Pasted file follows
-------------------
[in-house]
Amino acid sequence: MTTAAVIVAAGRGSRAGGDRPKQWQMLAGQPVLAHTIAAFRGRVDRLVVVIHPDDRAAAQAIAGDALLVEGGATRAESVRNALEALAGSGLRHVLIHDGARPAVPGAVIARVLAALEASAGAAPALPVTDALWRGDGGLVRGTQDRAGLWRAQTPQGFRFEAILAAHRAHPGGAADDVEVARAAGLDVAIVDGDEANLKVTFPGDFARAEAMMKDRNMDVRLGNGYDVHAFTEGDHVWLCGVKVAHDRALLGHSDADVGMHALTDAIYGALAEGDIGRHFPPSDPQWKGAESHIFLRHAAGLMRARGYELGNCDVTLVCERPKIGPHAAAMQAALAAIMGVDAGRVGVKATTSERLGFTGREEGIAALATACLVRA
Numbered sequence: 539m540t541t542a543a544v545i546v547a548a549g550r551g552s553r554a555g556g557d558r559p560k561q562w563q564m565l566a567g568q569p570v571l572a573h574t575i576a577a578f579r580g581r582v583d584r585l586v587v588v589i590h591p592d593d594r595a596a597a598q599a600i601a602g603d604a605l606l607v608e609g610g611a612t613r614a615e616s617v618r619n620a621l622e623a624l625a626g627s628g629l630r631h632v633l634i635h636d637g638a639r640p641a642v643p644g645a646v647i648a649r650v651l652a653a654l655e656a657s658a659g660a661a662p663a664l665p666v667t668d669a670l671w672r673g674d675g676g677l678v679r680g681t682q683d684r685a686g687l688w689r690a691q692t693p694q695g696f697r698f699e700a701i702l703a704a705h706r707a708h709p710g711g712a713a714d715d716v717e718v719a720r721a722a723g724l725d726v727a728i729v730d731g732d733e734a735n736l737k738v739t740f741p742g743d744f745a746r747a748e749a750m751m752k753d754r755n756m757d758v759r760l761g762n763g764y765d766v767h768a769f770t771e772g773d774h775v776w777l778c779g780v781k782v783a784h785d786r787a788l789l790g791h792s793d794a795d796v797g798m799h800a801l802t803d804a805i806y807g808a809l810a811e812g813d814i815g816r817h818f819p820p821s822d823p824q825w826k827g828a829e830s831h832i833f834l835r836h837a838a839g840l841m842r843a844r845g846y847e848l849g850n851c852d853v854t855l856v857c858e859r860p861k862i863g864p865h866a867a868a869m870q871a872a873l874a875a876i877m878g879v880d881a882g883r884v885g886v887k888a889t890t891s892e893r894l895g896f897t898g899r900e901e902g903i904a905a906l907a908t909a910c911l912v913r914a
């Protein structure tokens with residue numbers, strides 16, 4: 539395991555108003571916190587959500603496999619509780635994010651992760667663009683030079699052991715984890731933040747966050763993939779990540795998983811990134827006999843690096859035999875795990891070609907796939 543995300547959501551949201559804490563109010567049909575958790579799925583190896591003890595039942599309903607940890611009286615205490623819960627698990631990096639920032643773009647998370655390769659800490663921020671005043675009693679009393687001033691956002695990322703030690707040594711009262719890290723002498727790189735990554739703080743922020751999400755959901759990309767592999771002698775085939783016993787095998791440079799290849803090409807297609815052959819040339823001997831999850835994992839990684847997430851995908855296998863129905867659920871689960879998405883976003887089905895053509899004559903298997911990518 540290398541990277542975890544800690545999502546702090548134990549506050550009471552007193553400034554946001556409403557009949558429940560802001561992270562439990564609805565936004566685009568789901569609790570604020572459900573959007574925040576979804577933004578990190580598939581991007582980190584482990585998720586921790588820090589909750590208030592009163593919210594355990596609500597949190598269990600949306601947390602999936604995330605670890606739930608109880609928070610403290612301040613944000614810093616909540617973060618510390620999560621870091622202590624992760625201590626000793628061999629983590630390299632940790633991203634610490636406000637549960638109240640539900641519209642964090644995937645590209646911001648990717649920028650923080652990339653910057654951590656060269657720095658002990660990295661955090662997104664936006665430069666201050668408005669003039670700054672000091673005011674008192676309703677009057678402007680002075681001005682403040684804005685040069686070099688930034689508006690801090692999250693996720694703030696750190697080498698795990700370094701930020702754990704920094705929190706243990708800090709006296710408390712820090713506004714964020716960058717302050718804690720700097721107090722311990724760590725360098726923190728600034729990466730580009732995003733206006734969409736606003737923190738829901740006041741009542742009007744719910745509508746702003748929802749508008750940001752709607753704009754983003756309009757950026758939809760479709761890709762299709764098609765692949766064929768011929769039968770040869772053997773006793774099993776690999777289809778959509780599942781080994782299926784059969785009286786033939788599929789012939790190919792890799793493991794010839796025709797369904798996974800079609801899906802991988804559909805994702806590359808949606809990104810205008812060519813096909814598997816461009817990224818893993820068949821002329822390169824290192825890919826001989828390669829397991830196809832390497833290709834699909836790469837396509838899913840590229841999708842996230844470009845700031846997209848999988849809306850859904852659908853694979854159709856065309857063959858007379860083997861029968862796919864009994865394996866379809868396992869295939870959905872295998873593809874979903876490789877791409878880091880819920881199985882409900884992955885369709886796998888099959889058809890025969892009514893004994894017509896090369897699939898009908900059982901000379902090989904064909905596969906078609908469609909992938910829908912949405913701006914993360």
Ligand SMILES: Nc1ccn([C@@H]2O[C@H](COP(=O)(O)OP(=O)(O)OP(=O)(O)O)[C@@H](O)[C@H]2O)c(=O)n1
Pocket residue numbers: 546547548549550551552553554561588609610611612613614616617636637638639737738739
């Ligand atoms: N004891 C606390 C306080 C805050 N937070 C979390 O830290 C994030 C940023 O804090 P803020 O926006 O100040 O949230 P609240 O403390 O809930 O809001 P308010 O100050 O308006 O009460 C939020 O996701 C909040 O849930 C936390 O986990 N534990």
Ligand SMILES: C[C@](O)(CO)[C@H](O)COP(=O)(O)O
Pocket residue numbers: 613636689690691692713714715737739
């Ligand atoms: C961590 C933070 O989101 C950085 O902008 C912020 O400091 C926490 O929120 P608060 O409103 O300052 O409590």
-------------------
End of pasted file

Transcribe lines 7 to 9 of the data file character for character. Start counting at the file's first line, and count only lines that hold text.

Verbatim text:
């Ligand atoms: N004891 C606390 C306080 C805050 N937070 C979390 O830290 C994030 C940023 O804090 P803020 O926006 O100040 O949230 P609240 O403390 O809930 O809001 P308010 O100050 O308006 O009460 C939020 O996701 C909040 O849930 C936390 O986990 N534990």
Ligand SMILES: C[C@](O)(CO)[C@H](O)COP(=O)(O)O
Pocket residue numbers: 613636689690691692713714715737739